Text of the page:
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Wednesday, October 29, 2014

Tesla & SolarCity usher in the New Energy Era

At some point late in 2013, I think the future business plans for SolarCity and Tesla Motors were mixed together. The page that said "Gigafactory" slipped from one to the other and now they both have a Gigafactory in their future.

Together these two gigafactories will reduce the cost of solar panels and energy storage. These factories, along with the wave of competition and copycats that they kick-off, will create the new energy era of 2030.

Let's look at each of these planned factories and their impact.

Tesla Gigafactory

Tesla is building a massive battery factory in Nevada. The figure below gives you some perspective on the size of the planned Tesla Gigafactory.

This comparison shows the size, but it is a bit of a cheat in that it is comparing the *footprint* of the factory to the *profile* of the other buildings. Below is a comparison of just footprints:
I'm not sure why the above figure (from Reddit) includes a banana on the right, but the comparison to the 80,000 seat Dallas Cowboys' football stadium is telling. This will be a massive factory.

Tesla expects their battery cost to be reduced by 30%. The output of the factory is expected to be 35 GWh/year of cells and, with additional cells from their partner Panasonic, 50 GWh/year of battery packs.

There are the numbers, but what does that mean? Let's put it in perspective, this is more battery capacity than all the factories in the world made in 2013. That is worth reiterating. This factory will produce, under one roof, more batteries than all the factories in the world made in 2013. This is enough battery capacity for:
o 22 billion iPhone 5s
o 1.2 billion iPad Retinas
o 2 Million Nissan Leafs
o 588,000 Tesla Model S P85D

More on the Tesla battery factory later, let's look at the solar gigafactory.

SolarCity Gigafactory 

The SolarCity Gigafactory will be located in Buffalo, New York at the High-Tech Manufacturing Hub. It is a one million-square-foot site.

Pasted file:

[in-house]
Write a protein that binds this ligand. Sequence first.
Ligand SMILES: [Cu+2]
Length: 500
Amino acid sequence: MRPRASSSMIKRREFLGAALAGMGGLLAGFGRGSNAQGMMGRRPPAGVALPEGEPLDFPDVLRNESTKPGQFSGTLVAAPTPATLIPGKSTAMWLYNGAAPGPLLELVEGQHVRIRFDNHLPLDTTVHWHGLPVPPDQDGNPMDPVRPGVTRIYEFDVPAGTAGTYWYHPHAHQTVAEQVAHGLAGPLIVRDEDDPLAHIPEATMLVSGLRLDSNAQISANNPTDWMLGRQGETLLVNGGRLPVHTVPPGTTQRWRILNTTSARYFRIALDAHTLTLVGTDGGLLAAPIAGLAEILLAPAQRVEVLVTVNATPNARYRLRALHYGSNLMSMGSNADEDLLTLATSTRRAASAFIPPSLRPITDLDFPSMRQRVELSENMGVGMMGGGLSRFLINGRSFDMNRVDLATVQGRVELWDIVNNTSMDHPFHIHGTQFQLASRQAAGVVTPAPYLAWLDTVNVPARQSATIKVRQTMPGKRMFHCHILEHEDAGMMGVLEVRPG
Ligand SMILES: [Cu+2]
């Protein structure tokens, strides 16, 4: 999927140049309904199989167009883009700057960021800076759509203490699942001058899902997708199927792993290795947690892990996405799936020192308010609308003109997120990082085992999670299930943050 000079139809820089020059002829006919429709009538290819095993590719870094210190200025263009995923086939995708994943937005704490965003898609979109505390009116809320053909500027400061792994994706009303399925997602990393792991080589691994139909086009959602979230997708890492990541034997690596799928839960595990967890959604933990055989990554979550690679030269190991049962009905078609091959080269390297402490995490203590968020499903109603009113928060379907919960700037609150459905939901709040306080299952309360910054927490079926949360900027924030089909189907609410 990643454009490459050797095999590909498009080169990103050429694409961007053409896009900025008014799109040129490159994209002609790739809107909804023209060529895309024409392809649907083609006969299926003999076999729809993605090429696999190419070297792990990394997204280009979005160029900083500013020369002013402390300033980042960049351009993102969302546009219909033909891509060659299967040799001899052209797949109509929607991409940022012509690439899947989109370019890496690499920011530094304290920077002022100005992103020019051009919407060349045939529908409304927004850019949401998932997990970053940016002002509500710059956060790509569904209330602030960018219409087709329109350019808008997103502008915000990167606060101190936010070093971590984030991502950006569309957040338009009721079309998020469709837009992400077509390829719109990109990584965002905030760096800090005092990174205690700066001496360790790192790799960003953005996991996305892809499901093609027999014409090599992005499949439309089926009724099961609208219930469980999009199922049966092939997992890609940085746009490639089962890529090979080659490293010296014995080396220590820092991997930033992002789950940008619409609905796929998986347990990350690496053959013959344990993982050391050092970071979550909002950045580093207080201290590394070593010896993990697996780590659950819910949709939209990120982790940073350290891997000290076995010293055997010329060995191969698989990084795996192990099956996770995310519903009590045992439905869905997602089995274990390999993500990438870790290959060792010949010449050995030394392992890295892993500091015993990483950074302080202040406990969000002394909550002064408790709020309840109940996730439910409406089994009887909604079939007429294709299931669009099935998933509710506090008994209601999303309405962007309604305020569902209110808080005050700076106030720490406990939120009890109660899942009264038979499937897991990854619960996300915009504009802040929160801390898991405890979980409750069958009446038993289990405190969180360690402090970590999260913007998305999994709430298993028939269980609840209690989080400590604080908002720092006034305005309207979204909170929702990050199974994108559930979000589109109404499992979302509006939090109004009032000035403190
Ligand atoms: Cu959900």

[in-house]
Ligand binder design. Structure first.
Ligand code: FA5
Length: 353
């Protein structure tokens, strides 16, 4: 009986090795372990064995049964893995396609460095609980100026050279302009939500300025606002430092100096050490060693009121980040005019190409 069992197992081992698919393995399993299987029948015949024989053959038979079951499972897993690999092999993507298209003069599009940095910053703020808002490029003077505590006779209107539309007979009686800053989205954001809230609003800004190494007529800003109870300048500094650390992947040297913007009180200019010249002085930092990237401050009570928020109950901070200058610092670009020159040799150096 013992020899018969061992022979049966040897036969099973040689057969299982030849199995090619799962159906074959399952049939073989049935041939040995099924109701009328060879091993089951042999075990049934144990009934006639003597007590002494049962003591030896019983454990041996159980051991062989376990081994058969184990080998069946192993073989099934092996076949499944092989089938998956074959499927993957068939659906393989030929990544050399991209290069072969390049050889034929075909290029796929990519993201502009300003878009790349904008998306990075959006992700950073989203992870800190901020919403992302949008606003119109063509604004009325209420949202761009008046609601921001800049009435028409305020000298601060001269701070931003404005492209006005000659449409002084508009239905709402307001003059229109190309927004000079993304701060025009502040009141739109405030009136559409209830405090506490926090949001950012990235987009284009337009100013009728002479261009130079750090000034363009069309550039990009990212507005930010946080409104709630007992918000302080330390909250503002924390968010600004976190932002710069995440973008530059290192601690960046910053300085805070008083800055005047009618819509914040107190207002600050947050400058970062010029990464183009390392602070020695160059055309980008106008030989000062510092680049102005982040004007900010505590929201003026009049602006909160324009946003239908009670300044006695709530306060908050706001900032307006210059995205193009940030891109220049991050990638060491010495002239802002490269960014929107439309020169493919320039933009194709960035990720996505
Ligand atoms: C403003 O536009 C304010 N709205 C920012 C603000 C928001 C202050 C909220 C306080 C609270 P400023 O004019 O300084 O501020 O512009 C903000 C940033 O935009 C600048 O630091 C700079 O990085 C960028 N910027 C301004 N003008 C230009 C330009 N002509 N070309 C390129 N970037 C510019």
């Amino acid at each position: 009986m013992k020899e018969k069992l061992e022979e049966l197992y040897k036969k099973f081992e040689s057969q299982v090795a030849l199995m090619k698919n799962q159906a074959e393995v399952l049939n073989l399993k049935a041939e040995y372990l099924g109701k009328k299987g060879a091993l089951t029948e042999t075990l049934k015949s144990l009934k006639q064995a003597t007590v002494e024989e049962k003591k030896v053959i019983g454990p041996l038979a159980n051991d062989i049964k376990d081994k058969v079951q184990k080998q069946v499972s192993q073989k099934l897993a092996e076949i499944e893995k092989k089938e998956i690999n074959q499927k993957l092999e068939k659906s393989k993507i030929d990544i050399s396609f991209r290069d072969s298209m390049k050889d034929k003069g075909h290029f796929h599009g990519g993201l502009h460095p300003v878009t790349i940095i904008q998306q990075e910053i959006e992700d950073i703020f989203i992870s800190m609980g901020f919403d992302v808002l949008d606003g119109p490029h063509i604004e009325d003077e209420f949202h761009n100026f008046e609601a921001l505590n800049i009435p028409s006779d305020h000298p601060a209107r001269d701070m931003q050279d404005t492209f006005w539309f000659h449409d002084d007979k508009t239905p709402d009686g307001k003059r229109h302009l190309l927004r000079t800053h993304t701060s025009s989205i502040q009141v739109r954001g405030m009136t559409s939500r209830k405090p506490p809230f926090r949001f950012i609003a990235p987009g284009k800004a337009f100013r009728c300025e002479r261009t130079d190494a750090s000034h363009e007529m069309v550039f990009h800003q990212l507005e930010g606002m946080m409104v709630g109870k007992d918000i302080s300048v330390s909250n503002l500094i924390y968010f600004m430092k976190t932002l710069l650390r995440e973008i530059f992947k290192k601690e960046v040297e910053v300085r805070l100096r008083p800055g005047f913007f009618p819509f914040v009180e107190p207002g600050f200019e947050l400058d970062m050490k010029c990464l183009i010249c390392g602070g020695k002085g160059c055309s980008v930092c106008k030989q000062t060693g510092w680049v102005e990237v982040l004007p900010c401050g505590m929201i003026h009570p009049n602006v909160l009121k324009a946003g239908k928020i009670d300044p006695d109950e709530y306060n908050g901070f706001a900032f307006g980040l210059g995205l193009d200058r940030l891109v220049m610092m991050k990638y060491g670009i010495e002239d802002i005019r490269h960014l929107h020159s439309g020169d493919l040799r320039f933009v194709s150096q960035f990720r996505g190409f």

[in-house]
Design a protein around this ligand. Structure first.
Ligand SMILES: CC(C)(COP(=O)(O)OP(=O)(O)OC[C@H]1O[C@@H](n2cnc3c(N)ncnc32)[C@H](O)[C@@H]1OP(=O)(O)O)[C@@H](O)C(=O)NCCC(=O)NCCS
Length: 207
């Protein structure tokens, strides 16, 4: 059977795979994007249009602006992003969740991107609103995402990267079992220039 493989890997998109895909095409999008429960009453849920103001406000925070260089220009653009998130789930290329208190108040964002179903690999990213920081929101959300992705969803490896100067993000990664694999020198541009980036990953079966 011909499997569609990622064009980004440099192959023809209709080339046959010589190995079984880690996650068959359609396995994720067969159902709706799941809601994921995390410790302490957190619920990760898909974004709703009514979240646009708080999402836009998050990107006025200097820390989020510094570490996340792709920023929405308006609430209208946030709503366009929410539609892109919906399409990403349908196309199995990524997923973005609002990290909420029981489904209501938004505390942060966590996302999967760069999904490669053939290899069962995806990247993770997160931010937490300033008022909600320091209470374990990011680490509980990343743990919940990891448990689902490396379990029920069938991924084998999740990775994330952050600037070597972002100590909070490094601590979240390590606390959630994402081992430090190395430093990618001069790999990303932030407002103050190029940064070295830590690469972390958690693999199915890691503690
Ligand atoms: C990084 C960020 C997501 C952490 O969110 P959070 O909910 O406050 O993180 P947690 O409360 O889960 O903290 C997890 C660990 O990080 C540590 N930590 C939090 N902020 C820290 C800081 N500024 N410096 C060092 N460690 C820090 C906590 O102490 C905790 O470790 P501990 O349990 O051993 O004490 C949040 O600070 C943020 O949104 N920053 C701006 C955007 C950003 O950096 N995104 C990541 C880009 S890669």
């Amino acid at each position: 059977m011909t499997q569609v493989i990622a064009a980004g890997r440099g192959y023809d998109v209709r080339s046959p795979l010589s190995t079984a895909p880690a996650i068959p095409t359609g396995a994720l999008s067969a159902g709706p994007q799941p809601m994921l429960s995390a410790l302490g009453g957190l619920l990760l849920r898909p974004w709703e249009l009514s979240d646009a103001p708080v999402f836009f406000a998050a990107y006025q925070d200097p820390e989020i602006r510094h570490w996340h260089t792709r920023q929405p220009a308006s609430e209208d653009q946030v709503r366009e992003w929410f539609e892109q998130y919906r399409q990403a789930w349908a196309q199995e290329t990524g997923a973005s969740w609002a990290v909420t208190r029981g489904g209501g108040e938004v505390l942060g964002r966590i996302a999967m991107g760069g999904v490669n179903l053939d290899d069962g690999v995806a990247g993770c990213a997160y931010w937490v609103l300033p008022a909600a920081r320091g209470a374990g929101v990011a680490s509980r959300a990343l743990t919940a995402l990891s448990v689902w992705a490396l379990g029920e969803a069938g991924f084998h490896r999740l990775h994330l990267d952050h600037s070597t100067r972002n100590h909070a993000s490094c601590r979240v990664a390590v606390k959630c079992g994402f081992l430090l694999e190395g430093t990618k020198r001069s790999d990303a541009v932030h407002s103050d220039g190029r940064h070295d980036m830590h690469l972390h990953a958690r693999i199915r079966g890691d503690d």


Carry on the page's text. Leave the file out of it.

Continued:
SolarCity intends to build a factory with 1 gigawatt of annual solar capacity. The modules will be highly efficient and have the lowest cost per installed kilowatt of any on the market. Depending on where it is installed, 1 GW of panels could generate 1 terawatt-hour of energy annually. This is enough to power over 85,000 US homes each year it is operational.

SolarCity's Silevo Solar Cell
According to SolarCity's press release, the company will spend $5 billion on their gigafactory over the next 10 years.

Putting Them Together 

Solar panels that generate energy and batteries that can store that energy are a natural fit. There are many ways that these can be used together. The Tesla battery gigafactory and acres of the desert around it will be covered in SolarCity's panels. Many of the Tesla supercharger stations will have SolarCity panels. These minor cooperative efforts are nice and to be expected considering the relationship between the companies, but this is just the camel's nose.

In late 2013, SolarCity started offering energy storage systems to businesses using Tesla batteries. The system has energy management software that stores energy when there's surplus and supplies energy during peak times to avoid demand charges and peak rates. Soon we could see projects that allow the utilities to buy this stored energy when they need it, thereby increasing their operating reserve. Another clue to what's to come.

Creating the New Energy Era 

It is easy to see how energy storage and solar are complementary, but the real disruption here is the scope of these two factories. Together they will reduce the cost of solar and energy storage to the point that they are game changers. By 2030 things will be radically different. The combination of the Tesla and SolarCity gigafactories could make the next great energy powerhouse.


The combination of Tesla & SolarCity could be the next energy powerhouse. 

Energy Generation 2030